As we dived into the Prologue, I was surprised at how not nervous I was. Guided by my own selfishness, gosh dang it I loved reading the lyrical genius of Toni Morrison with my kids.

If you haven’t read The Bluest Eye, and haven’t listened to Toni read her own book, I recommend that you do so immediately. Preferably, do this with a classroom of adorably earnest 9th graders in a classroom. Seriously, stop reading this blog and go do that now. :)

The whole process felt so natural that I almost forgot to worry whether or not my kids were liking the book or not. I was too wrapped up in my own cocoon of joy to even think about that. And then….somewhere between page 87 and 89,  I realized I wasn’t worrying about their joy  because it was kind of just, happening.

We were reading The Bluest Eye together and having the best time.  Everyone seemed on board. We stop every now and then, summarize what happens, share some of our favorite quotes, talk about our opinions of the characters, and whoever I called on (even with no hand raised) seemed to be right with me. What was going on?

And then… we watched this clip with Toni on the Colbert Show.

Sure, 14-year-olds and Colbert might not be BFF’s just yet, but seeing Toni in her element, talking about race and specifically about the very book we we reading made my students feel important, empowered and…full of joy. Ms Spitz look! Our book! We’re like...famous!

Once again hoping to feed my own selfishness, I held individual conferences about our reading, and here’s what they had to say: (I have intentionally excluded my reactions to these comments for fear that there are not enough exclamation marks to express my boundless joy).

Elizabeth: I love Pecola because I feel I have a  human connection to her and this book makes me want to read more Toni Morrison Books.

Jimmy: I really like this book because it’s not like other books I’ve read because it’s not a fairy tale, it’s real life.

Maribel:  The writing is confusing, but when you think about it you get to understand it better and then it makes me feel I can read more books that might seem confusing.  There's something about the author I like. It’s hard to put into words. (I totally get it, Maribel).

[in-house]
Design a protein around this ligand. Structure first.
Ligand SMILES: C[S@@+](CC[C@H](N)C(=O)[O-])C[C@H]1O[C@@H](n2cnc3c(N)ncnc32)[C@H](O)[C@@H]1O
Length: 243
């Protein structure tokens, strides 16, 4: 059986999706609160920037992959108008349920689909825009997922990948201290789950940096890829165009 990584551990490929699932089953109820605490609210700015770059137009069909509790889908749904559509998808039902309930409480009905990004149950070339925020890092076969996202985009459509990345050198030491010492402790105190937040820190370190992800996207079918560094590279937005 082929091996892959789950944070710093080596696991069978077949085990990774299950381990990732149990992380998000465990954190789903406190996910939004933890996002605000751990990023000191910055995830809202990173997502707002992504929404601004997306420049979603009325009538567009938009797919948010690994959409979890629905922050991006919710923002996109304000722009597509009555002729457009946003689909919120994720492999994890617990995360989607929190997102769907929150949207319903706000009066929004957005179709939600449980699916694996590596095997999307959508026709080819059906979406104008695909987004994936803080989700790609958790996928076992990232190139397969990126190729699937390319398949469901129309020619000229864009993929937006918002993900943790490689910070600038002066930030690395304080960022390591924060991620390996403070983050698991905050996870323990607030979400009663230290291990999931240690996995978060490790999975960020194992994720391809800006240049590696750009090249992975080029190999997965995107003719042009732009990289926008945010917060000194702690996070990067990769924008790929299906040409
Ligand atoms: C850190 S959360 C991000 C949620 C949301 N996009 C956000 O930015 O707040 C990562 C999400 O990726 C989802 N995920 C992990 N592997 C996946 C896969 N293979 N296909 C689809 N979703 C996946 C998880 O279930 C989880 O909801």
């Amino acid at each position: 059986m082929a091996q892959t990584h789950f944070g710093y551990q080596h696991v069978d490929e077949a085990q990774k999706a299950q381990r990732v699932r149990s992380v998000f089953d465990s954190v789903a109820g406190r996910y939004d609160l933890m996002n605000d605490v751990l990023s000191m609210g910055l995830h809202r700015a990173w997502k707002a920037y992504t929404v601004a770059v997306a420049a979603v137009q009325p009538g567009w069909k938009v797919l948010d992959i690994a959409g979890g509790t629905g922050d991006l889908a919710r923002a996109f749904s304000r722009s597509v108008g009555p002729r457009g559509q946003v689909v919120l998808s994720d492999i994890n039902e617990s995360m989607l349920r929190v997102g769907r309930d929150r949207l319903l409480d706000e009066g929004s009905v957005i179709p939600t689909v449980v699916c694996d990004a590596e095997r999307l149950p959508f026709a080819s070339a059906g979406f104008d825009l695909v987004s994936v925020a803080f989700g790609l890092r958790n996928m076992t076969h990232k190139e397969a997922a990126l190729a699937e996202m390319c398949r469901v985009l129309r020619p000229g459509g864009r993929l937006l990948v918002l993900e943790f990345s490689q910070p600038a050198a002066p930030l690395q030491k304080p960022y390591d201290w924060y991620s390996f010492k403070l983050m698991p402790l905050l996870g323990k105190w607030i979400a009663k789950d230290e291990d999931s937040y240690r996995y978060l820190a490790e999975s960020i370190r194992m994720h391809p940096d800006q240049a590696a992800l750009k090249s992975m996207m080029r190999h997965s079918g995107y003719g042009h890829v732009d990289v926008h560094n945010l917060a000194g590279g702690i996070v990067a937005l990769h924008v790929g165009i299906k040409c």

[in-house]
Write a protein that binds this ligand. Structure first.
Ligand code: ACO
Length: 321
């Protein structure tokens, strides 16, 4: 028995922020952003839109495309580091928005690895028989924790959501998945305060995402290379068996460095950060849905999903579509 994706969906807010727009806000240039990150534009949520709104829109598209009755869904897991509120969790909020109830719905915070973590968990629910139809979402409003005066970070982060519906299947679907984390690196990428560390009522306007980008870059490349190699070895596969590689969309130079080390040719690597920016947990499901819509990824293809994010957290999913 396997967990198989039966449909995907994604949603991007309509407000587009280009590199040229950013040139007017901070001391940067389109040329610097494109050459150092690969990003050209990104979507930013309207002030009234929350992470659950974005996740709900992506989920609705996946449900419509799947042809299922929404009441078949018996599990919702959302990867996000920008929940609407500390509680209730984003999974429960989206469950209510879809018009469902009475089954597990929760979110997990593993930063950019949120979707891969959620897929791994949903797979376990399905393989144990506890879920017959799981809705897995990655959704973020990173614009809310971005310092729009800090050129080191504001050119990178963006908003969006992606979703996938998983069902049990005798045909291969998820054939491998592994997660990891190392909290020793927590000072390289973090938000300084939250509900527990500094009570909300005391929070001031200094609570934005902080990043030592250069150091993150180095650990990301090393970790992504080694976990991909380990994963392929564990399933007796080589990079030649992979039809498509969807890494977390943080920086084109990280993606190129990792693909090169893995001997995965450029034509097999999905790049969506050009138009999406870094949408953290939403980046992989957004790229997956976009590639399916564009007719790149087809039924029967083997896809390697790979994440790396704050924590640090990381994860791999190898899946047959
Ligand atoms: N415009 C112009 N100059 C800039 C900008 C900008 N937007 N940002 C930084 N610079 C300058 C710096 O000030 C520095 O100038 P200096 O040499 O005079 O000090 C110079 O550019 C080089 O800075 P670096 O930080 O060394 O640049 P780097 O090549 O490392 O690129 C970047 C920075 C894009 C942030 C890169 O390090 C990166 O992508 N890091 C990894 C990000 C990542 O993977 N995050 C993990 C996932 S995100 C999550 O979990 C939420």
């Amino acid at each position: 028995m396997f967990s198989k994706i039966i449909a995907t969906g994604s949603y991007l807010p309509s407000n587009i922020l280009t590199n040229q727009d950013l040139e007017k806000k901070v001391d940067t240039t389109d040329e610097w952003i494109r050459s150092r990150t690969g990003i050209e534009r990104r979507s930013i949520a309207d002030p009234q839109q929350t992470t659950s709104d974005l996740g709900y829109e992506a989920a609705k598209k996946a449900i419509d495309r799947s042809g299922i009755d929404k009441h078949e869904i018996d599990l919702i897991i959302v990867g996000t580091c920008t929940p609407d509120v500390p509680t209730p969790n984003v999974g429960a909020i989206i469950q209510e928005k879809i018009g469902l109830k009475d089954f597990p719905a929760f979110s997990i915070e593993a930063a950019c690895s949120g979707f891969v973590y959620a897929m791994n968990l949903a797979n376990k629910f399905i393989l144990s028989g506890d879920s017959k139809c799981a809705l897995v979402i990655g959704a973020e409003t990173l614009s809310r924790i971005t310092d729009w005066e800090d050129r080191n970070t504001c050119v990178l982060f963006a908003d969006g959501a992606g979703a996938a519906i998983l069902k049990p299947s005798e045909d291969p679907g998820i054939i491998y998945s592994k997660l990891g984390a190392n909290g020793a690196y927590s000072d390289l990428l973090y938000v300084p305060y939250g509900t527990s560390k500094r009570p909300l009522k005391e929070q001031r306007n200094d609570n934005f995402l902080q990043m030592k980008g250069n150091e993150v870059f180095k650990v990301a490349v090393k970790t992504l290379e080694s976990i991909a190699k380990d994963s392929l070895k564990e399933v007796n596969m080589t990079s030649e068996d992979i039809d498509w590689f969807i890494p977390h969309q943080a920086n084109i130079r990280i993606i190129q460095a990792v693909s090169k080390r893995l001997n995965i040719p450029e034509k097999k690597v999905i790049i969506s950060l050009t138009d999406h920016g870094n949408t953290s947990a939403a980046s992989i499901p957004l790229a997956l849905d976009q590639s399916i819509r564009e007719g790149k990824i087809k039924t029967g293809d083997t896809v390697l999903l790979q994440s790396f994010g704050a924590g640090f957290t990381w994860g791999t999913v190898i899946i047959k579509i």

Justin: The fact that it’s banned makes it interesting.  At first, I didn’t think I was going to like it, but then it starts to tell you more about the characters and their pasts. I really like Claudia’s innocence.

Sergio: It has really descriptive writing, powerful wording, and lots of explanation of why things are happening. It’s cool -- I’m really getting this. The author’s cool because I like how she explains stuff and how she likes her own books. I really like her confidence.

Rayanie: She (Toni)  makes you think a lot and I like that.

Aryanna: I think it’s important  for us to read because as a teenager your life gets more into racial issues and self-image and what others think about you.  \So it feels like issues in the book are happening today and I can relate to it. Pecola makes me feel like I just want to care for her.

Khyree: I think it's a good book because it talks about how people were treated for their color of their skin and not their hearts. it just shows how being in poverty and skin color can really affect you, and it can hurt you.

There is so much that we could further dive into with these responses, but to hear my Reading Labbers, my 9th graders, my “struggling” readers speak like this, about THE BLUEST EYE, about Toni Morrison and about a book that I love, I mean -- how beautiful is that!?!? Does it get any better?!?!

Had my selfishness created a magical reading experience? Note to self: why yes, it most certainly did.